Now began among the party dissensions and grumblings. The story is a long one. It reached its tragic denouement just below the summit of the Sierras, on the shores of Donner Lake. The words of McGlashan may now best serve our purpose.
“Generally, the ascent of the Sierra brought joy and gladness to weary overland emigrants. To the Donner Party it brought terror and dismay. The company had hardly obtained a glimpse of the mountains, ere the winter storm clouds began to assemble their hosts around the loftier crests. Every day the weather appeared more ominous and threatening. The delay at the Truckee Meadows had been brief, but every day ultimately cost a dozen lives.
“On the twenty-third of October, they became thoroughly alarmed at the angry heralds of the gathering storm, and with all haste resumed the journey. It was too late! At Prosser Creek, three miles below Truckee, they found themselves encompassed with six inches of snow. On the summits, the snow was from two to five feet in depth. This was October 28, 1846. Almost a month earlier than usual, the Sierra had donned its mantle of ice and snow. The party were prisoners!
“All was consternation. The wildest confusion prevailed. In their eagerness, many went far in advance of the main train. There was little concert of action or harmony of plan. All did not arrive at Donner Lake the same day. Some wagons and families did not reach the lake until the thirty-first day of October, some never went farther than Prosser Creek, while others, on the evening of the twenty-ninth, struggled through the snow, and reached the foot of the precipitous cliffs between the summit and the upper end of the lake. Here, baffled, wearied, disheartened, they turned back to the foot of the lake.”
These emigrants did not lack in health, strength, or resolution, but here they were in surroundings absolutely new to them. A sort of panic seized them now. They scattered; their organization disintegrated. All thought of conjoint action, of a social compact, a community of interests, seems to have left them. It was a history of every man for himself, or at least every family for itself. All track of the road was now lost under the snow. At the last pitch up to the summit of the Sierras precipitous cliffs abounded. No one knew the way. And now the snows came once again.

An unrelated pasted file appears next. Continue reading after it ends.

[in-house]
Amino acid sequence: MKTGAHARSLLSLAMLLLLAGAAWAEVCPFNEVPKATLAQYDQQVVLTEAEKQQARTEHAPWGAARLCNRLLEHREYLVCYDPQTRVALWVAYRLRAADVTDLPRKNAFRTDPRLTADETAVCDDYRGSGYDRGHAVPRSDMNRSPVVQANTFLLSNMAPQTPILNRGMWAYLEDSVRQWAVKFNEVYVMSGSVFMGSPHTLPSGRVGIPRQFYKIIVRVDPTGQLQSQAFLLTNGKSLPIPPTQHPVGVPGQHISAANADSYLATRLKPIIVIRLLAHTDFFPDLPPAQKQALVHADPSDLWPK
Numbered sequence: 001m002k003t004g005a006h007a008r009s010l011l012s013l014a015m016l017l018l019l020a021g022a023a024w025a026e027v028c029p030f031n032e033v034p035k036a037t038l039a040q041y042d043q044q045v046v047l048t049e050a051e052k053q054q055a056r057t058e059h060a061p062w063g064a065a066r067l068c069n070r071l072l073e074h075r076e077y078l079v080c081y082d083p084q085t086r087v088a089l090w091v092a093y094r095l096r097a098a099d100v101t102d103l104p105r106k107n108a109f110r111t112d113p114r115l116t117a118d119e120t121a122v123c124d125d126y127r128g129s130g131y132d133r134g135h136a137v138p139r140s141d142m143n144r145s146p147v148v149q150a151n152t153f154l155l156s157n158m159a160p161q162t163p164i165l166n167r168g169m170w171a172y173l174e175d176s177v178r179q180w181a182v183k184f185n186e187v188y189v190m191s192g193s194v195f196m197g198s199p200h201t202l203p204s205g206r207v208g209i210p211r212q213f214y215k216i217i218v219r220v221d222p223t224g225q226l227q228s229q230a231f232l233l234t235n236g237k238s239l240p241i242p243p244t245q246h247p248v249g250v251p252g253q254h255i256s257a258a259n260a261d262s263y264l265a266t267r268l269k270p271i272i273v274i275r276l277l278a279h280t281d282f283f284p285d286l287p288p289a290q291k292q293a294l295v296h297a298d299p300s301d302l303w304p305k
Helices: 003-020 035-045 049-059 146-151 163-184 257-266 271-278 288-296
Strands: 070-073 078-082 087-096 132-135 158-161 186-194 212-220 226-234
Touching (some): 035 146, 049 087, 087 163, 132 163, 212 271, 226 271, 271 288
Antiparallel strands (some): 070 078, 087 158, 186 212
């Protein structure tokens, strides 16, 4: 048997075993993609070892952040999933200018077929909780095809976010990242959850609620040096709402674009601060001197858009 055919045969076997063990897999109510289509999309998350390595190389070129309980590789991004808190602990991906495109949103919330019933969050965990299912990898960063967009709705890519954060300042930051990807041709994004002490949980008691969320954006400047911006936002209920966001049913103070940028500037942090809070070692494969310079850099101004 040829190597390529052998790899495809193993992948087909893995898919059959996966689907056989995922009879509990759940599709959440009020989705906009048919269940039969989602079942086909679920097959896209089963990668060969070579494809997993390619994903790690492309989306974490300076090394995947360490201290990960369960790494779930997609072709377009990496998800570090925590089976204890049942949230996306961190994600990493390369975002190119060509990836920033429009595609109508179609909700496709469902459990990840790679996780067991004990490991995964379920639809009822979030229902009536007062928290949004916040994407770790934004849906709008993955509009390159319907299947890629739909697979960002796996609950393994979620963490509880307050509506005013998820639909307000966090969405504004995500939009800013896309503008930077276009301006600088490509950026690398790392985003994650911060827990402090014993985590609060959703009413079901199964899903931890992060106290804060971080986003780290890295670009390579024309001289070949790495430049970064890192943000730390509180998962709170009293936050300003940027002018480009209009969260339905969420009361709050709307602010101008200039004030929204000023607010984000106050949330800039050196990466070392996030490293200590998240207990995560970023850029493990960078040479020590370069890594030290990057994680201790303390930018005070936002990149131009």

“The emigrants suffered a thousand deaths. The pitiless snow came down in large, steady masses. All understood that the storm meant death. One of the Indians silently wrapped his blanket about him and in deepest dejection seated himself beside a tall pine. In this position he passed the entire night, only moving occasionally to keep from being covered with snow. Mrs. Reed spread down a shawl, placed her four children — Virginia, Patty, James, and Thomas — thereon, and putting another shawl over them, sat by the side of her babies during all the long hours of darkness. Every little while she was compelled to lift the upper shawl and shake off the rapidly accumulating snow.
“With slight interruptions, the storm continued several days. The mules and oxen that had always hovered about camp were blinded and bewildered by the storm, and straying away were literally buried alive in the drifts. What pen can describe the horror of the position in which the emigrants found themselves? It was impossible to move through the deep, soft snow without the greatest effort. The mules were gone and were never found. Most of the cattle had perished and were wholly hidden from sight. The few oxen which were found were slaughtered for beef.”